Video live streaming service Twitch has confirmed a significant information breach of the company’s servers, The Verge reported.
The hacker was in a position to access the servers due to a misconfiguration adjust.
Tweeting about the breach, Twitch wrote: “We can confirm a breach has taken place.”
“Our teams are working with urgency to understand the extent of this. We will update the community as soon as additional information is available.”
The video streaming platform admitted that an error in a Twitch server configuration adjust exposed the information to the Internet, permitting the hacker access. The business, on the other hand, mentioned there was no indication that login credentials had been exposed, just before adding that complete credit card numbers had been not exposed either.
So far, hackers have leaked information such as the company’s streaming service supply code and particulars of creator payouts. On the 4chan message board, an anonymous account released a 125GB torrent earlier in the day. The poster claimed that the torrent integrated the entirety of Twitch.
The anonymous poster has also labelled the leak as “part one”, suggesting that more such leaks could be in the offing come.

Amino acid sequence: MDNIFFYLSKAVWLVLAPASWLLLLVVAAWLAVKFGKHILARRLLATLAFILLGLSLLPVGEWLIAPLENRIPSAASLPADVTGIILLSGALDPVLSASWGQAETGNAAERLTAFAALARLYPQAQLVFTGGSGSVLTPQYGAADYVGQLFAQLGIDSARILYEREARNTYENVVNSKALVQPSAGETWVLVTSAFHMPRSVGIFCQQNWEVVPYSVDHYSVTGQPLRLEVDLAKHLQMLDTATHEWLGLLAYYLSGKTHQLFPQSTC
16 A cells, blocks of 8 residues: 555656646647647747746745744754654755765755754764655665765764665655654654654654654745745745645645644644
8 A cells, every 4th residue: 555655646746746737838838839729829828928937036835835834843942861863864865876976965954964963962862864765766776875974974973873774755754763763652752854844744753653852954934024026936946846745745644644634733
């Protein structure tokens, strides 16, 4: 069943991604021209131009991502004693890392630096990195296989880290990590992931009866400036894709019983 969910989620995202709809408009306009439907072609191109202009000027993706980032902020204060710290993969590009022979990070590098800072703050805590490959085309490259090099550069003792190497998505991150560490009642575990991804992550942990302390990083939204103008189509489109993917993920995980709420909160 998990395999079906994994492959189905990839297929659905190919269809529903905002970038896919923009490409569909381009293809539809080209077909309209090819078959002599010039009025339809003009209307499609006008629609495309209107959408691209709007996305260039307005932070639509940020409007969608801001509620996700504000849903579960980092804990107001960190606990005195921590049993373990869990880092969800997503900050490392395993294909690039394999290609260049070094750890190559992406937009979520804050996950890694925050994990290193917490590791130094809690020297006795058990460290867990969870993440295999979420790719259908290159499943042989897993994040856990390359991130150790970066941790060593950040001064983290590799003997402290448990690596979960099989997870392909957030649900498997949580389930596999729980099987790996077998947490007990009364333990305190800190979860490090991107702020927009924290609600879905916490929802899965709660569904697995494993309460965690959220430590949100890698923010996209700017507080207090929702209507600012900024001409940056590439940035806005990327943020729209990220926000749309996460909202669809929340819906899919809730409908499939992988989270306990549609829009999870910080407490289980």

While the leak does include things like private information and facts such as creator payments, it does not seem to account passwords, e mail accounts or addresses of Twitch customers, The Verge reported.
The leaker rather appeared to have focused more on sharing Twitch’s business tools and information and facts.
Twitch itself is unsure about how significantly information the hacker accessed. It mentioned it was nonetheless attempting to fully grasp the breach and asking some customers to adjust their account passwords.
The leak could finish up becoming damaging for the game streaming service, in particular for creators who are reliant on Twitch to hold their information and facts and earnings safe. The hack comes in the wake of the weeks-lengthy protest beneath the #DoBetterTwitch movement urging the streamer to strengthen its service. Streamers also took an off day in August in protest against the company’s seeming lack of action against hate raids.